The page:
Study reveals how FOXO1 slows diabetic wound healing
A protein that normally fosters tissue repair instead acts to inhibit healing when sugar levels are high, according to a study in The Journal of Cell Biology. The role reversal helps explain why wounds heal slowly in people with diabetes.
For diabetes patients, even a cut or scrape can result in severe complications. Because the skin doesn't close promptly, bacteria can get a foothold in the injured tissue, leading to chronic ulcers that in some cases require amputations. In a previous study, Dana Graves and colleagues from the University of Pennsylvania School of Dental Medicine found that the protein FOXO1 orchestrates an important early step in healing by promoting the skin cells known as keratinocytes to migrate into the injury, thus building an epithelial layer to cover the wound. FOXO1 spurs their movement by binding to the promoter of TGFB1, a gene that encodes transforming growth factor beta 1 (TGF-β1), a protein that triggers pro-healing responses. FOXO1 levels rise in wounds of diabetic mice, but nobody had determined whether the high sugar levels in these animals alter the protein's function during healing.
To answer this question, Graves and colleagues compared the healing capabilities of control mice and mice that lack FOXO1 in their keratinocytes. In animals with normal blood sugar, small skin wounds mended more slowly in the absence of FOXO1. But in mice that had diabetes, wounds healed faster if FOXO1 was missing. Seven days after diabetic animals were injured, the wounds were mostly closed in the animals lacking FOXO1 but remained mostly open in the group that still produced FOXO1.
Graves and colleagues discovered that, in the presence of high glucose levels, FOXO1 slows keratinocyte migration. They determined that sugar changes FOXO1's relationship with TGF-β. At normal sugar levels, cultured keratinocytes produced 45% less TGF-β if they were missing FOXO1. But at high sugar concentrations, cells' FOXO1 status had no impact on their TGF-β production, suggesting that FOXO1 no longer regulates TGF-β under these conditions. High sugar levels prevented FOXO1 from binding to the TGFB1 promoter, the researchers found. Instead, FOXO1 turns on two genes that curb keratinocyte migration and block wound healing when expressed at high levels.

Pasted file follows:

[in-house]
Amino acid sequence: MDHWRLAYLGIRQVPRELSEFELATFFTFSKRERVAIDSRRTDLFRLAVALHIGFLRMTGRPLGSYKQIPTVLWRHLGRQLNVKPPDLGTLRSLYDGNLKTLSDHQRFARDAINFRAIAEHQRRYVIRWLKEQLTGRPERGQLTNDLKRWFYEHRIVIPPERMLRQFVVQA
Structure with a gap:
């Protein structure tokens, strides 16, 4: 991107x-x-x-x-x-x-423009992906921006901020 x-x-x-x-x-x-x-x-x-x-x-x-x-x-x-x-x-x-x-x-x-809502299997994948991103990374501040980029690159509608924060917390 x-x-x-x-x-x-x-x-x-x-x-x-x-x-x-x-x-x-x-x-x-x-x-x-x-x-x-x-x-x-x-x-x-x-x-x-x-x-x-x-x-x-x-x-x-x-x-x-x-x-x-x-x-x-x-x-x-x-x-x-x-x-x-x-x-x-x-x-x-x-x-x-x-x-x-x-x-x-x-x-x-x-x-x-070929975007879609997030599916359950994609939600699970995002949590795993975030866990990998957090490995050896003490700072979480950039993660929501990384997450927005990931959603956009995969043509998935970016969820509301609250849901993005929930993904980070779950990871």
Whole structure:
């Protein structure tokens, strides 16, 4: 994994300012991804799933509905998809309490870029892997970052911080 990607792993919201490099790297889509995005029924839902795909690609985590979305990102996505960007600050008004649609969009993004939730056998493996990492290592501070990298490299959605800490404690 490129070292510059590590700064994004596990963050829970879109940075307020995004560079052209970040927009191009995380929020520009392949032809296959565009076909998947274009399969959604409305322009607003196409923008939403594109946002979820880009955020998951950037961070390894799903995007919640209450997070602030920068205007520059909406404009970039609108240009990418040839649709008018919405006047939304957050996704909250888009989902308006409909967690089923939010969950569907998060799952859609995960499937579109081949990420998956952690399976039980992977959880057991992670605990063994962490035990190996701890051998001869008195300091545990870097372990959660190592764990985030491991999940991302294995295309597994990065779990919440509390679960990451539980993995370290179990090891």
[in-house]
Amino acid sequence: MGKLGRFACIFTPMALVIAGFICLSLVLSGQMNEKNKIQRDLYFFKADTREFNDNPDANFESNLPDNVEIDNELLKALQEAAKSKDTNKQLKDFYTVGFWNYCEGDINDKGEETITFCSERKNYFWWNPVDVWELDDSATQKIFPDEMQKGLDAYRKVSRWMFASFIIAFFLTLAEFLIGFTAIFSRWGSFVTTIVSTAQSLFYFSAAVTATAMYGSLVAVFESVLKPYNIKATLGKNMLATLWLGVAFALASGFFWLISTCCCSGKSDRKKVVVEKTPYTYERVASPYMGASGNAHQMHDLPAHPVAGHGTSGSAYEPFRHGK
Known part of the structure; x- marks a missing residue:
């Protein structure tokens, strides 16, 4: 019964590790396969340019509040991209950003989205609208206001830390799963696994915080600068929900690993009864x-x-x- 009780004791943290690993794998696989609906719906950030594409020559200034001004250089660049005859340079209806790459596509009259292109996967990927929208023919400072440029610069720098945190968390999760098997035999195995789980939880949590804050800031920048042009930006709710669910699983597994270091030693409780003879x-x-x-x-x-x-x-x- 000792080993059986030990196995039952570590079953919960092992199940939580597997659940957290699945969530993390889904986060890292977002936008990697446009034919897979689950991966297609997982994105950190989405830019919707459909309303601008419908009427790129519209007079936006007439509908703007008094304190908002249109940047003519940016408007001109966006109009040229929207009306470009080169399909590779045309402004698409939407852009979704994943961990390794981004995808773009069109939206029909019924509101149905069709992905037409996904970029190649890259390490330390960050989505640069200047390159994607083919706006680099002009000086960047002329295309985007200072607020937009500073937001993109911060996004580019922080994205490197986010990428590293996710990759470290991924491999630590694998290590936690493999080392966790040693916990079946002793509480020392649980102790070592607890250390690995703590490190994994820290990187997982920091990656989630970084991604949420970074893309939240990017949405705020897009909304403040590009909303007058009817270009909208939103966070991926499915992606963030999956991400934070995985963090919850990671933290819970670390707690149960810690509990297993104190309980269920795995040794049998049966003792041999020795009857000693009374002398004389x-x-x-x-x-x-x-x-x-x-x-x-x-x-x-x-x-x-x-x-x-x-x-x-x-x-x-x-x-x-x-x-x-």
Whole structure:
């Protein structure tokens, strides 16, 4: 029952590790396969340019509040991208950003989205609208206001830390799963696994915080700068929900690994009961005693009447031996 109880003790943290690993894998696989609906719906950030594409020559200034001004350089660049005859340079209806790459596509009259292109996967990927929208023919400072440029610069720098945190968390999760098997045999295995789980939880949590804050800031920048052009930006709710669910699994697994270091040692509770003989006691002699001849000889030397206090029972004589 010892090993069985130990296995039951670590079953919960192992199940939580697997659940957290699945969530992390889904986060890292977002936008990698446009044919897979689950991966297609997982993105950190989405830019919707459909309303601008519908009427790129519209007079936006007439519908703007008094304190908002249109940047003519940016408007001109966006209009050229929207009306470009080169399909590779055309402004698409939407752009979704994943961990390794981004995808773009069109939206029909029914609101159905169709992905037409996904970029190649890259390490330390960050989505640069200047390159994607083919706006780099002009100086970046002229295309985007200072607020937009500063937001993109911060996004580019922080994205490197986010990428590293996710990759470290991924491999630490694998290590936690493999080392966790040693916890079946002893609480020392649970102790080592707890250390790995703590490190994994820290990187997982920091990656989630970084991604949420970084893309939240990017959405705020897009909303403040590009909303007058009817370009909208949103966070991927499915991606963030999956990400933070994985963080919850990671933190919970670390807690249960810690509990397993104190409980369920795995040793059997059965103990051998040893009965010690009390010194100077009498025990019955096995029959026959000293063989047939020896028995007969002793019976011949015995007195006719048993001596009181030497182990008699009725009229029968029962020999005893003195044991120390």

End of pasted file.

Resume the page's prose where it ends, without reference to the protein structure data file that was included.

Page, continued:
People with diabetes often produce too little insulin, and the researchers showed that the hormone counteracts FOXO1. For example, high glucose levels boost production of FOXO1, but the researchers found that insulin reversed this effect. The hormone also sped up migration of keratinocytes cultured in high-sugar conditions.
Two other metabolic malfunctions common in diabetes patients also impede wound healing through FOXO1, the researchers discovered. As blood sugar levels rise, glucose can glom onto proteins and alter their functions. The team found that one glucose-modified protein prevented FOXO1 from attaching to TGFB1's promoter, thereby slowing keratinocyte movement. Moreover, levels of the inflammation-promoting molecule TNFα are often high in diabetics. The researchers determined that TNFα similarly blocked FOXO1's interaction with the TGFB1 promoter and inhibited keratinocyte migration.
"Whether FOXO1 is beneficial or harmful, whether it promotes healing or inhibits healing, depends on the environment of the cell," says Graves.
Previous studies showed that insulin stimulates wound healing in diabetics. These findings support further tests of this potential treatment and suggest that inhibiting FOXO1 could speed healing in patients with diabetes.